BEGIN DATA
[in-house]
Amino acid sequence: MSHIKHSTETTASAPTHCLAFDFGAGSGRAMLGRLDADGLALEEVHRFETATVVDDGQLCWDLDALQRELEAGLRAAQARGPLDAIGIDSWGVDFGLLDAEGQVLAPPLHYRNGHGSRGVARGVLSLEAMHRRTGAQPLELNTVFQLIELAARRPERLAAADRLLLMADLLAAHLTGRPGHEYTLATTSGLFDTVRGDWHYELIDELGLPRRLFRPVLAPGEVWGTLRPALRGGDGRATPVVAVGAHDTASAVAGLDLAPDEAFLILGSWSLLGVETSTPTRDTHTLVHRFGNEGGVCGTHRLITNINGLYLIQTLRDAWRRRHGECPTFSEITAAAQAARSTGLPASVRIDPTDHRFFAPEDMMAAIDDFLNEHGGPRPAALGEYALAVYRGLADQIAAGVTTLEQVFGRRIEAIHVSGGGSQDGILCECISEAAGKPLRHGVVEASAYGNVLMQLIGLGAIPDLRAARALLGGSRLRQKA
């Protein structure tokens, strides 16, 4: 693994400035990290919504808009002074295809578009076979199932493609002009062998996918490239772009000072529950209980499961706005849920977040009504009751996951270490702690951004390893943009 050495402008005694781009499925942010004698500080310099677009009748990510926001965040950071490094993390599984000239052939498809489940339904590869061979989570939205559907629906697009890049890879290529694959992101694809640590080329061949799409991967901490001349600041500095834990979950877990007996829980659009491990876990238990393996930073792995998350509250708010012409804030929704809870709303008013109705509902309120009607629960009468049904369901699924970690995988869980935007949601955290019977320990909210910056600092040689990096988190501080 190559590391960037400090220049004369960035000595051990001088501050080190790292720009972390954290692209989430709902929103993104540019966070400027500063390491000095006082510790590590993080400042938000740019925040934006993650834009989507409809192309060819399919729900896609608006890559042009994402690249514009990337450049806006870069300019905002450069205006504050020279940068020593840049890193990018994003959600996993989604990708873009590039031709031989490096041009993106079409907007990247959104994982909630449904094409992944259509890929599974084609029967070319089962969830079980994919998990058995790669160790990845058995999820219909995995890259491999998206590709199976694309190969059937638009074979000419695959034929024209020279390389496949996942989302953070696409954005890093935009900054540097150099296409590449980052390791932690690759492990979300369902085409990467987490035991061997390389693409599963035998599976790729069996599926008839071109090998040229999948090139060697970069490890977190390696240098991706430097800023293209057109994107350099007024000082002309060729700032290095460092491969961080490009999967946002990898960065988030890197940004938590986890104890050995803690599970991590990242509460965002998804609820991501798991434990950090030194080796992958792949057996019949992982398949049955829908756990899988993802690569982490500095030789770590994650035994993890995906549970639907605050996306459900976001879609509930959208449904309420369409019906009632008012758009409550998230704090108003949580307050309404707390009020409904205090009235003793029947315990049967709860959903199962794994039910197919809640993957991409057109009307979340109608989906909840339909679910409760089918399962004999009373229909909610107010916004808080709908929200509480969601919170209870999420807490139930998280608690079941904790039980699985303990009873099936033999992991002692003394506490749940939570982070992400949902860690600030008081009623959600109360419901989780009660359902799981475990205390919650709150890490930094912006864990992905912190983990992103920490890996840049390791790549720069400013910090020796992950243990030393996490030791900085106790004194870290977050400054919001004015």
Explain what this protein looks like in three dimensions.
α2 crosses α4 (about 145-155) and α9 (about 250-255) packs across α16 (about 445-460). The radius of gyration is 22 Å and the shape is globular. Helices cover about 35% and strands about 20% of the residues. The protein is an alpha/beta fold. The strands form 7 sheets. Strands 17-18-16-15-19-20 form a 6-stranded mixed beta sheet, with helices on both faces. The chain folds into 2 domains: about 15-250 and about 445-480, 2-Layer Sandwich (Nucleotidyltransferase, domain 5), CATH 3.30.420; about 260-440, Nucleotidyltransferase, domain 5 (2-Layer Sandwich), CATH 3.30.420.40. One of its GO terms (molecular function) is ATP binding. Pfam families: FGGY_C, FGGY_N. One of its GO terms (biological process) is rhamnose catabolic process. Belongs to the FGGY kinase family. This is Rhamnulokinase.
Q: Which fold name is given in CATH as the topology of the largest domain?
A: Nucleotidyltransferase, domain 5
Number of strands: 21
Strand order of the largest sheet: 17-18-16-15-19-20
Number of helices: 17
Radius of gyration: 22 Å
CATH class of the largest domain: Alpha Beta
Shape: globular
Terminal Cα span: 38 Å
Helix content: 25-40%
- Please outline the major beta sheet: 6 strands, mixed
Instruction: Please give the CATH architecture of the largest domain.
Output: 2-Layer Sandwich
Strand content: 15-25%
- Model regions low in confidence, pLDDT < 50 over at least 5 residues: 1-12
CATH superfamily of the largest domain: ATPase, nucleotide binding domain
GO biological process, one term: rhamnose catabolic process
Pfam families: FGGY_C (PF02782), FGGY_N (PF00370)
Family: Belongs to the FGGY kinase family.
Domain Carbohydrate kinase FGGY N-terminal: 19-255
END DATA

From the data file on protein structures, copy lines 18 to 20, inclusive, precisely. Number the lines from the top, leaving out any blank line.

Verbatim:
Output: 2-Layer Sandwich
Strand content: 15-25%
- Model regions low in confidence, pLDDT < 50 over at least 5 residues: 1-12